After Friday night's win over the Atlanta Braves, in front of a crowd of 23,536 in Nationals Park, Washington's closer Jonathan Papelbon talked to reporters (with a smile on his face according to the Washington Post's James Wagner) about the enthusiasm, or lack thereof, in the ballpark during the Nats' third straight win.
"I got a little bone to pick with some of the fans here tonight," Papelbon said, after throwing two scoreless frames and earning the win.
"I saw a few of them sitting down. I’m not gonna lie. We need to stand on up in those situations. Let’s get that going. Ya know what I mean? Because this is playoff baseball."
Once the Nationals completed a sweep of their four-game set with the Braves on Sunday afternoon, Jayson Werth talked to MASN's Dan Kolko about the roll the Nats were on after their fifth straight win overall, which left them 4.0 games behind the New York Mets in the NL East.
With the division leaders on their way to D.C., Werth was asked if the momentum of the past few days could play a big role in the run he and his teammates were trying to make?
"We just need to keep going," Werth said. "Keep playing the way we're playing. We've got a big series coming up, hopefully people come out and cheer us on and we'll see what happens."
Did he have a message for Nationals fans? "It's going to be a fight," Werth said. "I hope you're ready."
Bryce Harper too talked about the upcoming series being a big one, with a chance to chip away at the Mets' lead.
"They’re coming into our park, so we just have to keep playing our game," Harper told reporters, as quoted by CSNWashington.com's Chase Hughes:
"They’re a great team, but like I said, they’re coming in here to our place. Hopefully our fans show out for the next three days and we can have some fun and enjoy the game of baseball."
On Monday, on Labor Day in the nation's capital, an announced crowd of 34,210 watched the Nationals rally from a 3-0 deficit only to fall to the Mets 8-5, in a dispiriting loss which left them 5.0 games back with 25 to play.
Instead of Max Scherzer's struggles, or the fact that the Nationals scored five runs in a big fourth, but came up empty against New York's bullpen after knocking starter Jon Niese out, when the game was over, it was Harper's comments about the atmosphere in D.C. and fans leaving the game early that got the bulk of the coverage following the loss.
"I mean, they left in the 7th," Harper said when asked about the atmosphere. "That was pretty brutal."
It didn't feel like a playoff game, Harper explained, though it was a game that had significant postseason implications.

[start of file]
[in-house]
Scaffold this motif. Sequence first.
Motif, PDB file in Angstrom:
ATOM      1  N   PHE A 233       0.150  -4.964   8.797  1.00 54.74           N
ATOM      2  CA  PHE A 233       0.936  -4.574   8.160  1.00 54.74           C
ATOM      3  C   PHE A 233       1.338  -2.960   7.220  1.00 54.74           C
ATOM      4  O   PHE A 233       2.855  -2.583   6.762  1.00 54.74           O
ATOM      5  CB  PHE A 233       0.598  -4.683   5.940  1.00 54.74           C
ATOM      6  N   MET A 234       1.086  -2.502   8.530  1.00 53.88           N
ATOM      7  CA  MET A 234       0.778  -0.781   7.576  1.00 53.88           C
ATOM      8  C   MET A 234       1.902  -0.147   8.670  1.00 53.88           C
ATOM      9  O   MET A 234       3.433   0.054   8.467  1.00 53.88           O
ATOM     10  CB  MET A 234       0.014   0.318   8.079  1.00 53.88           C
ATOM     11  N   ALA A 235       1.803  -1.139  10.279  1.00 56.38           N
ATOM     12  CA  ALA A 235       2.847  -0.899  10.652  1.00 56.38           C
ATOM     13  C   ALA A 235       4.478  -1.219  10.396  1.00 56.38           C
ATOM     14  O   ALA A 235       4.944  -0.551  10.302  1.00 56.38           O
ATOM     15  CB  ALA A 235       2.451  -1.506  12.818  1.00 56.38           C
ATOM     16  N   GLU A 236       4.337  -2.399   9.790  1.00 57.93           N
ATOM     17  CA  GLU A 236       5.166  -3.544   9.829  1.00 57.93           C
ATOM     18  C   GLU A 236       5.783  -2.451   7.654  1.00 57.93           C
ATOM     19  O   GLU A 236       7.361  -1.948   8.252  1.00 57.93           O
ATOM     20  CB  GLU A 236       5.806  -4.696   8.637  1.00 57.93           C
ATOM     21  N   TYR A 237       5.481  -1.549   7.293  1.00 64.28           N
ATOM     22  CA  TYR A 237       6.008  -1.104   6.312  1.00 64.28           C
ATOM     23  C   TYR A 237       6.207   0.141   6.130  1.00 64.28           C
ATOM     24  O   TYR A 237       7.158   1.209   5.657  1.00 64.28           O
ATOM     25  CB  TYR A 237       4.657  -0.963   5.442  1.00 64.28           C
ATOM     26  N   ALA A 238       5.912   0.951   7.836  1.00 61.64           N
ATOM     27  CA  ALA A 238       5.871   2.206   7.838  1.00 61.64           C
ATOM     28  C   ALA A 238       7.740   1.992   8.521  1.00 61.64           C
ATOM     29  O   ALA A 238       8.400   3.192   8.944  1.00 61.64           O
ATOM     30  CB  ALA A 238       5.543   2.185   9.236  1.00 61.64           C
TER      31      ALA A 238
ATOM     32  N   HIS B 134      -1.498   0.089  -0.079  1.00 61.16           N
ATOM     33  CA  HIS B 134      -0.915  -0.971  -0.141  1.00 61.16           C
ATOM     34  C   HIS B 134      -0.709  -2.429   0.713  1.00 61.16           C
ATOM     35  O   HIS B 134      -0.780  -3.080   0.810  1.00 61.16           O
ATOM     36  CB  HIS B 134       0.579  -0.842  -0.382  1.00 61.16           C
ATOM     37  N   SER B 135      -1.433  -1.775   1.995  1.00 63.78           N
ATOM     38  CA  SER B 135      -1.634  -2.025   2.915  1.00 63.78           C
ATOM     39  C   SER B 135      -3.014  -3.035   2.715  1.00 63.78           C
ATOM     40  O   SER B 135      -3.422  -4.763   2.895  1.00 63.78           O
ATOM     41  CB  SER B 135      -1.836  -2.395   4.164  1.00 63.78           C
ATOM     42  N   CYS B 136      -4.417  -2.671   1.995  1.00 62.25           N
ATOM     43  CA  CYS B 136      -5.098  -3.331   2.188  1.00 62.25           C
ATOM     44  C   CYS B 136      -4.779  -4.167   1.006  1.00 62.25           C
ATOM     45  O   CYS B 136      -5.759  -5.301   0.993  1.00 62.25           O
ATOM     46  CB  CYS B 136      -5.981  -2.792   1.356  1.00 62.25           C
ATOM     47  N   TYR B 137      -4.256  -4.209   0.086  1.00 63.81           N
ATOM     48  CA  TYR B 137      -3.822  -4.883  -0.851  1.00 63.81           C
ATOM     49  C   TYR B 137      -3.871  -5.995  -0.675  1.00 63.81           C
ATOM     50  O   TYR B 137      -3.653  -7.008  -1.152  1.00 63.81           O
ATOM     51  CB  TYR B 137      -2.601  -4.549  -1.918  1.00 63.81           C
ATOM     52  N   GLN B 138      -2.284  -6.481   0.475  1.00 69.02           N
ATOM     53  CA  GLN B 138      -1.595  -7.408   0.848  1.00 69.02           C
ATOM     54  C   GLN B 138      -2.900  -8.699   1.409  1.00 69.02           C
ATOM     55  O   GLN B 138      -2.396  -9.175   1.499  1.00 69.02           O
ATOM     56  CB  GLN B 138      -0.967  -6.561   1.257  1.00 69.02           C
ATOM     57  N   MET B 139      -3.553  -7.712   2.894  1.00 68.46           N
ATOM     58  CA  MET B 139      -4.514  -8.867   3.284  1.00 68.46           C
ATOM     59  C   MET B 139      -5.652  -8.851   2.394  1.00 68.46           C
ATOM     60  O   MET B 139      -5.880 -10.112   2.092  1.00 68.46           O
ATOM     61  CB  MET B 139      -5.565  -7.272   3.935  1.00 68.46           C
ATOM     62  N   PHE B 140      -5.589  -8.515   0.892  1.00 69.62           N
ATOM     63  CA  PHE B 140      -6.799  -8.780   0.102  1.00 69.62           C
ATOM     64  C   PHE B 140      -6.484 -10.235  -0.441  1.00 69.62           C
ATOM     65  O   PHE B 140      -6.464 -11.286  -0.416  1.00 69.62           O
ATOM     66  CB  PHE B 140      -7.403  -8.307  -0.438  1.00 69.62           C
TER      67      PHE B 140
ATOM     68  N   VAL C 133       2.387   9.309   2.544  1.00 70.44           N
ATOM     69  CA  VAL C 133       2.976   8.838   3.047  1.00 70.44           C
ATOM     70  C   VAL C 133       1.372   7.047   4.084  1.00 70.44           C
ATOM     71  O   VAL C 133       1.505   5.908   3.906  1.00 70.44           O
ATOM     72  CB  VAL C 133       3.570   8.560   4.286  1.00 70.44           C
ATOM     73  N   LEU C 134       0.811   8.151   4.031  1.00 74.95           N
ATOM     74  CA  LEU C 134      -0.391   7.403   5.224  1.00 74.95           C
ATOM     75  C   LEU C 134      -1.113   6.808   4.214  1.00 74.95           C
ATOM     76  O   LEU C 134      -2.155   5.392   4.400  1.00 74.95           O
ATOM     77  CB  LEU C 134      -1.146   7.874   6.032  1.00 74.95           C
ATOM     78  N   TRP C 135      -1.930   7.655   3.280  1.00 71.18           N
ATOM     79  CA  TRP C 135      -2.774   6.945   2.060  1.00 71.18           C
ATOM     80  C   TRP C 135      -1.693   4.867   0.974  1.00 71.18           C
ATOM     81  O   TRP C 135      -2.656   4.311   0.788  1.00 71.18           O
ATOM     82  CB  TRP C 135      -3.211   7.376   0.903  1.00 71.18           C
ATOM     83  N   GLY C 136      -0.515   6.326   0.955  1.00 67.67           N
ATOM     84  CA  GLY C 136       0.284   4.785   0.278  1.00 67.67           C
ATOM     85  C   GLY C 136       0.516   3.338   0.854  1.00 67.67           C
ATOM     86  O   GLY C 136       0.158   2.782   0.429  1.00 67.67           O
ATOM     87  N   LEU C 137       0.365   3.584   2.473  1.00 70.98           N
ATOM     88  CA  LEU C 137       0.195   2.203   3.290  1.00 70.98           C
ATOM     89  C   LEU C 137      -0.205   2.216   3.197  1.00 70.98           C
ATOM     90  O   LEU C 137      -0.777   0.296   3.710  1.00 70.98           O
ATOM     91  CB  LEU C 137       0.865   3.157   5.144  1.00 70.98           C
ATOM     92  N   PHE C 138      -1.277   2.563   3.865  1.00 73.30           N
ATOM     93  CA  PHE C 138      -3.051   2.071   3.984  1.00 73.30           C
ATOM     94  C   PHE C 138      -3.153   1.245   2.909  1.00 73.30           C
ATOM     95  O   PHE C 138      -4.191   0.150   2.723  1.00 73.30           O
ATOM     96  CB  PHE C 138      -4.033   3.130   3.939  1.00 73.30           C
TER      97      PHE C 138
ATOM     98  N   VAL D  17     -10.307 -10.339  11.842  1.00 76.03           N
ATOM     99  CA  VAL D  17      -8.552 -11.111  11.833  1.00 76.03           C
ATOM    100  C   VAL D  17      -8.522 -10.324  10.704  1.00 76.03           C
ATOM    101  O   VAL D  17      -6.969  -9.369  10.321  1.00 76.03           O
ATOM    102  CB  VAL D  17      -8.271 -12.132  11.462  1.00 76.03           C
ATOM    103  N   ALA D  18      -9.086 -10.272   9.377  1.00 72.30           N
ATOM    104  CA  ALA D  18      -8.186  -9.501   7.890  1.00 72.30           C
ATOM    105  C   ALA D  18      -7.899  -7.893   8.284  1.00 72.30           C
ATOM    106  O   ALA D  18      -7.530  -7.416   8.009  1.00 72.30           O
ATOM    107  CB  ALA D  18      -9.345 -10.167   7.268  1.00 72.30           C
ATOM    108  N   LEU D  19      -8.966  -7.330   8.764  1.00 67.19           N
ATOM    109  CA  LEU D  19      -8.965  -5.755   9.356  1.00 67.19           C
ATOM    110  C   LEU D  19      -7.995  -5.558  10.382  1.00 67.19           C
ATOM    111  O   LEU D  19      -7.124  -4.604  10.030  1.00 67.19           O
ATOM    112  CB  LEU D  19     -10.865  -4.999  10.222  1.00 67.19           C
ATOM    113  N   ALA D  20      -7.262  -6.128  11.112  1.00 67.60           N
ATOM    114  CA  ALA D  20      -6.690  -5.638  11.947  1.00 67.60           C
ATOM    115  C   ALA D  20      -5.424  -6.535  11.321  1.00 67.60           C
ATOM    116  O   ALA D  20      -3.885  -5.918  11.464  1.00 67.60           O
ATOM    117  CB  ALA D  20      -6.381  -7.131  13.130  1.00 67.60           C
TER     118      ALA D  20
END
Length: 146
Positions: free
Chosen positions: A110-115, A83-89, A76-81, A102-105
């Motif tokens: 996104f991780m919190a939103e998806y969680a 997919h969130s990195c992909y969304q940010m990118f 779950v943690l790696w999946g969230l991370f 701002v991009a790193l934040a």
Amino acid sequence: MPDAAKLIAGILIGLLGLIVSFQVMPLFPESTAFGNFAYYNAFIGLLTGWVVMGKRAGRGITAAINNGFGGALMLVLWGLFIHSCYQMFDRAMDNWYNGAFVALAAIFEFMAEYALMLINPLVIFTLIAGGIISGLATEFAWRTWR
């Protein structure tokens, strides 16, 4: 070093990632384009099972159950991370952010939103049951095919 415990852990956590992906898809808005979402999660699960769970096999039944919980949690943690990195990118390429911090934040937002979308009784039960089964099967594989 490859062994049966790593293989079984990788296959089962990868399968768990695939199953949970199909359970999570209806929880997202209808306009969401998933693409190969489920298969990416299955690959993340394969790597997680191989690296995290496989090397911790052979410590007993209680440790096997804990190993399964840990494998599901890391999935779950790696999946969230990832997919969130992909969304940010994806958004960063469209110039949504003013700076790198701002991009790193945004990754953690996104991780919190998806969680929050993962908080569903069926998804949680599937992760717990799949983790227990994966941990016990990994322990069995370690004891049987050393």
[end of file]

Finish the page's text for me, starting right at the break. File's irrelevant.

"I mean, playoffs is totally different," he said, as quoted by the Washington Post's Chelsea Janes:
"When we play in the playoffs, our fans are going nuts. They’re going crazy. I think the loudest I’ve ever heard it was probably when me and (Asdrubal) Cabrera went back-to-back in (Game 1 of the 2014 NLDS).
"That was pretty insane. Throwing the towels, doing what they’re doing, that was pretty incredible. This is a totally different atmosphere than what playoffs is like."
The reaction (which focused solely on the "brutal" quote, of course) was fairly typical:
U know what's "brutal"? Swinging 2-0 at what likely was Ball 3 in 9th inning with tying run on deck to play hero ball or pad stats #Natitude
— Joel Sherman (@Joelsherman1) September 7, 2015
Memo to Bryce Harper: If you think fans complaining about athletes is tired, athletes complaining about fans is even moreso.
— Evan Grant (@Evan_P_Grant) September 7, 2015
Bryce Harper taking out his angst on Nationals fans, it seems. https://t.co/vDst8LeXdv
— Anthony DiComo (@AnthonyDiComo) September 7, 2015
With the latest "outrage" over Bryce Harper's comments have we finally reached "Hey it's Bart! And he's doing stuff!" territory? Story at 11
— federalbaseball (@federalbaseball) September 7, 2015
[ed. note - "Yes, that's a Simpsons reference and yes I am ashamed of myself."]
Are you really mad about Harper's comments? Really? Mad, mad? Really mad? Was Harper trying to deflect attention from a rough loss?
Harper has, of course, praised the fans in the nation's capital in the past, and big crowds in general as he did when speaking to Washington Post columnist Thomas Boswell after a 4-1 homestand in May:
"I thrive on big crowds. Of course. I love playing in front of a lot of people. If it’s a little crowd, I hate playing. I mean, truly. I’m not trying to be rude, but a little crowd, I can’t stand it. . . . It’s kind of tough when we go on the road and some places don’t sell out," Harper said. "So having the fans that we do come out here every single night — this homestand was epic."
There was plenty to be mad and disappointed about after Monday's loss, plenty of serious questions to be asked, but Harper's comments may have deflected attention from some of those other topics that might have gotten more attention otherwise.